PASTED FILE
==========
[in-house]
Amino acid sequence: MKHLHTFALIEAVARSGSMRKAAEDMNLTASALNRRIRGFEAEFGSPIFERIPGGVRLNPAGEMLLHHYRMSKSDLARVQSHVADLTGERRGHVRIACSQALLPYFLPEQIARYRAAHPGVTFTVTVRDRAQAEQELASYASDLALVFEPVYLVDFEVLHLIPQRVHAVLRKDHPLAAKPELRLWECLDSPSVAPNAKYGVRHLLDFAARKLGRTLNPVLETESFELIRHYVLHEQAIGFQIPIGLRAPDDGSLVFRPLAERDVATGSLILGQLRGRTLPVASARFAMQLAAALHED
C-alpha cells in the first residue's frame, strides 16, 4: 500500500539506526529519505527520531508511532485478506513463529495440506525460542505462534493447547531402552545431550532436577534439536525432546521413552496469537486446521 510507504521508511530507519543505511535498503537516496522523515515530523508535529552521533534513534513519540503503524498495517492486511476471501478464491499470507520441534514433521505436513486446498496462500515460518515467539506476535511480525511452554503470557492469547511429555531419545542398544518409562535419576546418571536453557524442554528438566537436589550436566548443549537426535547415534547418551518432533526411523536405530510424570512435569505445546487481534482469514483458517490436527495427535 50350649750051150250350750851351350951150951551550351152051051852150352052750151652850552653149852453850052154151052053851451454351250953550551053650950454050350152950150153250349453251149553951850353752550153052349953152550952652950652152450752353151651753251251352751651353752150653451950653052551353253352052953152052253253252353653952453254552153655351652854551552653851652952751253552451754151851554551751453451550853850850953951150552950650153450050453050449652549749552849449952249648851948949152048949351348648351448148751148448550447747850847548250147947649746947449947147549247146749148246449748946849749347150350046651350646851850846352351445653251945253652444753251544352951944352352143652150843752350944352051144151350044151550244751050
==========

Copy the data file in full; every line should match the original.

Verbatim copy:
[in-house]
Amino acid sequence: MKHLHTFALIEAVARSGSMRKAAEDMNLTASALNRRIRGFEAEFGSPIFERIPGGVRLNPAGEMLLHHYRMSKSDLARVQSHVADLTGERRGHVRIACSQALLPYFLPEQIARYRAAHPGVTFTVTVRDRAQAEQELASYASDLALVFEPVYLVDFEVLHLIPQRVHAVLRKDHPLAAKPELRLWECLDSPSVAPNAKYGVRHLLDFAARKLGRTLNPVLETESFELIRHYVLHEQAIGFQIPIGLRAPDDGSLVFRPLAERDVATGSLILGQLRGRTLPVASARFAMQLAAALHED
C-alpha cells in the first residue's frame, strides 16, 4: 500500500539506526529519505527520531508511532485478506513463529495440506525460542505462534493447547531402552545431550532436577534439536525432546521413552496469537486446521 510507504521508511530507519543505511535498503537516496522523515515530523508535529552521533534513534513519540503503524498495517492486511476471501478464491499470507520441534514433521505436513486446498496462500515460518515467539506476535511480525511452554503470557492469547511429555531419545542398544518409562535419576546418571536453557524442554528438566537436589550436566548443549537426535547415534547418551518432533526411523536405530510424570512435569505445546487481534482469514483458517490436527495427535 50350649750051150250350750851351350951150951551550351152051051852150352052750151652850552653149852453850052154151052053851451454351250953550551053650950454050350152950150153250349453251149553951850353752550153052349953152550952652950652152450752353151651753251251352751651353752150653451950653052551353253352052953152052253253252353653952453254552153655351652854551552653851652952751253552451754151851554551751453451550853850850953951150552950650153450050453050449652549749552849449952249648851948949152048949351348648351448148751148448550447747850847548250147947649746947449947147549247146749148246449748946849749347150350046651350646851850846352351445653251945253652444753251544352951944352352143652150843752350944352051144151350044151550244751050